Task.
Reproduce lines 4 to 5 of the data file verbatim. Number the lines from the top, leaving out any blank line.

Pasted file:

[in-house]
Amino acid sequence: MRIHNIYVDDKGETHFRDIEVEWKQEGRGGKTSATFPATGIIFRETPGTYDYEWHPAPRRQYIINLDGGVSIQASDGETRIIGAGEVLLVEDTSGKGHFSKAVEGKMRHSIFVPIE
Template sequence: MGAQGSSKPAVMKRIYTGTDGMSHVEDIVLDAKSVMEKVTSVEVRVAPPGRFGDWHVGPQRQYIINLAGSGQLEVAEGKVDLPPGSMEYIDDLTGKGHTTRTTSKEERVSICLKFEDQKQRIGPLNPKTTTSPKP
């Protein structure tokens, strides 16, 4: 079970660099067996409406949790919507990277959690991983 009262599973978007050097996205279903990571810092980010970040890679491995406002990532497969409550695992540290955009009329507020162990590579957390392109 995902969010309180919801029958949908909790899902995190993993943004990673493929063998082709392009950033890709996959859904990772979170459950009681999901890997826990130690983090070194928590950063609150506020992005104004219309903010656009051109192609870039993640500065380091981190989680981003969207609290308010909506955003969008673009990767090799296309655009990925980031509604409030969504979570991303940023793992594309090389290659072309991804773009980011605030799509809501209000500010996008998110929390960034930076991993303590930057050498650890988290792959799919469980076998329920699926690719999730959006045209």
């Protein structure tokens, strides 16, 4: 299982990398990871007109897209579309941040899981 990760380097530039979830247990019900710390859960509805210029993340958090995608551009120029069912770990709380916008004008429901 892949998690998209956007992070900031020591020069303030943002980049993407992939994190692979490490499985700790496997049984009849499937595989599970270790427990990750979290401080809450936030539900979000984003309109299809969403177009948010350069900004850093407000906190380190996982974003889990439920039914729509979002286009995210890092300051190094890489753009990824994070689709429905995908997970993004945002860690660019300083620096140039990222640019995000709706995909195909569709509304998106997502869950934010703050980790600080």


């Protein structure tokens, strides 16, 4: 079970660099067996409406949790919507990277959690991983 009262599973978007050097996205279903990571810092980010970040890679491995406002990532497969409550695992540290955009009329507020162990590579957390392109 995902969010309180919801029958949908909790899902995190993993943004990673493929063998082709392009950033890709996959859904990772979170459950009681999901890997826990130690983090070194928590950063609150506020992005104004219309903010656009051109192609870039993640500065380091981190989680981003969207609290308010909506955003969008673009990767090799296309655009990925980031509604409030969504979570991303940023793992594309090389290659072309991804773009980011605030799509809501209000500010996008998110929390960034930076991993303590930057050498650890988290792959799919469980076998329920699926690719999730959006045209």
């Protein structure tokens, strides 16, 4: 299982990398990871007109897209579309941040899981 990760380097530039979830247990019900710390859960509805210029993340958090995608551009120029069912770990709380916008004008429901 892949998690998209956007992070900031020591020069303030943002980049993407992939994190692979490490499985700790496997049984009849499937595989599970270790427990990750979290401080809450936030539900979000984003309109299809969403177009948010350069900004850093407000906190380190996982974003889990439920039914729509979002286009995210890092300051190094890489753009990824994070689709429905995908997970993004945002860690660019300083620096140039990222640019995000709706995909195909569709509304998106997502869950934010703050980790600080």